My colleague David Menninger recently wrote about the SAS Analyst Summit, concluding that “the SAS analytics juggernaut keeps on truckin’.” He observed, as I have done in the past, that SAS has a vast array of products that it regularly updates to keep up with market demand, ensuring it remains one of the premier vendors of data management and analytics systems. Dave’s perspectives provide in-depth insights into what these products do, while I focus on how they help with business outcomes around customer experience. I was therefore intrigued to hear at SAS’s European analyst event that its products support four types of user – data scientist, business analyst, intelligence analyst and IT analyst. The presenter used simple quotes to illustrate the differing priorities of these groups: For the data scientist, the one that caught my eye was “I need the latest algorithms to solve the latest problems”; for the business analyst I picked “I need to get my report done quickly and easily”; the information analyst is about “identifying patterns of interest that can prompt active decision-making”; and the IT analyst is about “issue resolution and redemption” (mainly operational analysis). In short each type of user needs different products and capabilities, hence the array of products. Nearest to my research practice is the business analyst, who wants easy access to reports and analysis to resolve business issues, and this is where the company’s Customer Intelligence product plays a part.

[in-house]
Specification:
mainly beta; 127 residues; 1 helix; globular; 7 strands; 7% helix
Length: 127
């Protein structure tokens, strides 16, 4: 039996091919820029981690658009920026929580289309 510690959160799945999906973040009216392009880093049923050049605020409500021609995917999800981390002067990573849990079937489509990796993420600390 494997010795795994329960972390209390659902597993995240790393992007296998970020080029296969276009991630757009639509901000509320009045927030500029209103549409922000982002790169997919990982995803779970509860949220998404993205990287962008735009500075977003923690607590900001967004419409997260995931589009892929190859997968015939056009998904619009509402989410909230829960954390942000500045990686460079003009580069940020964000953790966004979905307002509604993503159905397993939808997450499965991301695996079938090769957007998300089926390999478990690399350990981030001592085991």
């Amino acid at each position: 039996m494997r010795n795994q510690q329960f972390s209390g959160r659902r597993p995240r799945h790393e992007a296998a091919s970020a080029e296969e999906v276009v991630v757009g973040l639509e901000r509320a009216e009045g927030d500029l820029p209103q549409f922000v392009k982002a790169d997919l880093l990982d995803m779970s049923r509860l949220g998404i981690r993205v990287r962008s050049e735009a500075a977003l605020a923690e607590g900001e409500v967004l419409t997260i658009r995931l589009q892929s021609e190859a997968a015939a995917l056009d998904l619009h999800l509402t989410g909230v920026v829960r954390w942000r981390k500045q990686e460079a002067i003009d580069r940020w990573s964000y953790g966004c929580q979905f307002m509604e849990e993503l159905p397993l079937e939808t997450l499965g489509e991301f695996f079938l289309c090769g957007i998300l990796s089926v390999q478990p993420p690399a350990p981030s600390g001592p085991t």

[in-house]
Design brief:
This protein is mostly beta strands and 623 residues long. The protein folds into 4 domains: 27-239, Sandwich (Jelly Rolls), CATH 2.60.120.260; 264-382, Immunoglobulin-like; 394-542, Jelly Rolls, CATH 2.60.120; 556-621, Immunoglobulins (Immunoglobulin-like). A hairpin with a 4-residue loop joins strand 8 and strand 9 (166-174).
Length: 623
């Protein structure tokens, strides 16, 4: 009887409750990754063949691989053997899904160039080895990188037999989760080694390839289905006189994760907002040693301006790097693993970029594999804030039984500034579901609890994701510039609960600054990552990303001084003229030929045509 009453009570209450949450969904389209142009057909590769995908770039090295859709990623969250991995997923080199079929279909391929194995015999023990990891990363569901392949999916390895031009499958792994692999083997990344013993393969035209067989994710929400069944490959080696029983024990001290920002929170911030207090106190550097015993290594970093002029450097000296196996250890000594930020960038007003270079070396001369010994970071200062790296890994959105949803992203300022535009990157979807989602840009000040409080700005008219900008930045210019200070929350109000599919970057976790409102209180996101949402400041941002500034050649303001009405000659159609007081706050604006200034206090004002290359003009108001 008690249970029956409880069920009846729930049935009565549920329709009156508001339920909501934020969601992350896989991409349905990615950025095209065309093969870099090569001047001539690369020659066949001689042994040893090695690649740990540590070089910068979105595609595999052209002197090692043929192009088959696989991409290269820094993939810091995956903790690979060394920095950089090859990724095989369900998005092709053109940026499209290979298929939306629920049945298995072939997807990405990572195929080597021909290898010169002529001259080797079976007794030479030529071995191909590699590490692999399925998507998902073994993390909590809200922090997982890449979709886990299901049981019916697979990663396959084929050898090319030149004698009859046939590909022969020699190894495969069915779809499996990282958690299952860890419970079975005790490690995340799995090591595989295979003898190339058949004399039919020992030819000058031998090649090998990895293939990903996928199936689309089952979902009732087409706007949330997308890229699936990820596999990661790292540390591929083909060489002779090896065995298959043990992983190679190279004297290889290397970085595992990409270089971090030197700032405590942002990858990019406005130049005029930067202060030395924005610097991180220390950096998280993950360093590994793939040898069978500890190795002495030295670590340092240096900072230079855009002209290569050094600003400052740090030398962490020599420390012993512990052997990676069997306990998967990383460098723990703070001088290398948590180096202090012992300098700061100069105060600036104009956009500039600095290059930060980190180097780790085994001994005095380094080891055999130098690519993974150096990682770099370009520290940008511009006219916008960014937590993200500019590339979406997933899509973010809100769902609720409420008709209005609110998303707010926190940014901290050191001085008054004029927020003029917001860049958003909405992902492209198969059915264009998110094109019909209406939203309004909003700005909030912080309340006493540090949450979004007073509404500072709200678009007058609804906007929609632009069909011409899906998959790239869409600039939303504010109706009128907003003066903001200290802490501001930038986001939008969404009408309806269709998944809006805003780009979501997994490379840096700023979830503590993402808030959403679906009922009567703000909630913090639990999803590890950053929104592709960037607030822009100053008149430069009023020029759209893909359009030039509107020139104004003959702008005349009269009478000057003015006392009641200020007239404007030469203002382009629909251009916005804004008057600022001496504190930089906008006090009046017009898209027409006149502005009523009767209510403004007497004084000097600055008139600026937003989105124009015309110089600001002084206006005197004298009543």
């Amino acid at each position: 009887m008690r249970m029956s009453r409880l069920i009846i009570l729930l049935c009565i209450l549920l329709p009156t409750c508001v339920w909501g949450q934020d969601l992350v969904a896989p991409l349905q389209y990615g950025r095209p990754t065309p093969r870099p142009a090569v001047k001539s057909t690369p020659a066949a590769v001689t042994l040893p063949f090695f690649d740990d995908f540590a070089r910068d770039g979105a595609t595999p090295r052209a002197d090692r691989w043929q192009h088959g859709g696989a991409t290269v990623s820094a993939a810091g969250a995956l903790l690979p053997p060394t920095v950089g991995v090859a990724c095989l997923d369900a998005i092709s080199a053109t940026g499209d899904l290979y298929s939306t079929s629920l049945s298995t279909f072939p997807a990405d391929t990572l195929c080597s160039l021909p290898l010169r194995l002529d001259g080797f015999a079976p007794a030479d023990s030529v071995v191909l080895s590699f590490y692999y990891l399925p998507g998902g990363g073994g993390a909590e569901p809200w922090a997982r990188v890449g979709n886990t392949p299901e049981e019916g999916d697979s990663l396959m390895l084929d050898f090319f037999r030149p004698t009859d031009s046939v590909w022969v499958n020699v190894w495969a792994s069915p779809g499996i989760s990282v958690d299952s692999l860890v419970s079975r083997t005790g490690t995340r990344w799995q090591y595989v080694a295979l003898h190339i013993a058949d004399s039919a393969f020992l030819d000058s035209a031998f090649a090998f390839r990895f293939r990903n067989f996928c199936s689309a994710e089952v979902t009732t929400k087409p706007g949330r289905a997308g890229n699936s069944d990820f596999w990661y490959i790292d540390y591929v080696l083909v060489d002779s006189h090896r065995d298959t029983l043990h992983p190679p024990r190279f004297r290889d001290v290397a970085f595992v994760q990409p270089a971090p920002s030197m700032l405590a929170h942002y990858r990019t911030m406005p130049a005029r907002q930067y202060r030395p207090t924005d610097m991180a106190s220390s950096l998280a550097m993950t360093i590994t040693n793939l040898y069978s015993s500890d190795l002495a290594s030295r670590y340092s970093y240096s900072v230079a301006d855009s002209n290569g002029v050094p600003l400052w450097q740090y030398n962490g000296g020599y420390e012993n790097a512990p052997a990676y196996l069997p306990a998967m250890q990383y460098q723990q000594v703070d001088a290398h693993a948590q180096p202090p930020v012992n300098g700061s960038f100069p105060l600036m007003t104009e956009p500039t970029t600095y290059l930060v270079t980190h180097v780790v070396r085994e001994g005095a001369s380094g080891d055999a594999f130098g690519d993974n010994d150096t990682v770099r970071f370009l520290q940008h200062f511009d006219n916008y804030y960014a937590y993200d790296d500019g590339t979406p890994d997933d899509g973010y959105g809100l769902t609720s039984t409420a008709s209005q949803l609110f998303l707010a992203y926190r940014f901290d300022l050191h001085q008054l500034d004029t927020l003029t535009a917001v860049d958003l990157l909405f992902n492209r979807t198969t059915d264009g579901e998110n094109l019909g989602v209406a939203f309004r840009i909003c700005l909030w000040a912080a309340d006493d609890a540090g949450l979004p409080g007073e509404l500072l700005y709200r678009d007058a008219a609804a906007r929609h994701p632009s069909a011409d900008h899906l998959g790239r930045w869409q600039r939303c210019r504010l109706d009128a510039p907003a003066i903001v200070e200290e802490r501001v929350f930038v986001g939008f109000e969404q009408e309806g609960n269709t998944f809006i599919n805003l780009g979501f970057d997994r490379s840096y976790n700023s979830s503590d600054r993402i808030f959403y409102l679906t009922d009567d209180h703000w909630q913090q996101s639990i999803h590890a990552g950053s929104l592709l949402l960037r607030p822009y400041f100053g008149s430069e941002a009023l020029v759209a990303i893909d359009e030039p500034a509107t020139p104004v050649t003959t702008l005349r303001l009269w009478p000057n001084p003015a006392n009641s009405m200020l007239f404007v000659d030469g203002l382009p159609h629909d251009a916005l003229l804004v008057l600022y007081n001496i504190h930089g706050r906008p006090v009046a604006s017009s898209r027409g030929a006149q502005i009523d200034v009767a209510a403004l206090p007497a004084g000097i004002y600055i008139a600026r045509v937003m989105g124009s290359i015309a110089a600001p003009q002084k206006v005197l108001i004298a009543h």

As I previously wrote this system has evolved into what SAS calls its Customer Decision Hub. It brings together a number of products so organizations can capture and synchronize all forms of customer data to “deliver the best customer experience.” The Decision Hub can gather customer data from a variety of sources and synchronize it for a customer. It provides rules to govern what happens to the data and how it is used, and reports, analysis and prompts so that employees can deliver information to users and customers in the most appropriate manner. It also includes an array of other capabilities such as information to drive marketing campaigns, data to support event-based interactions, customer journey maps and a 360-degree view of the customer. The latest version of the Decision Hub improves support and capabilities to better manage Web-based interactions, email, mobile and social media channels of interaction.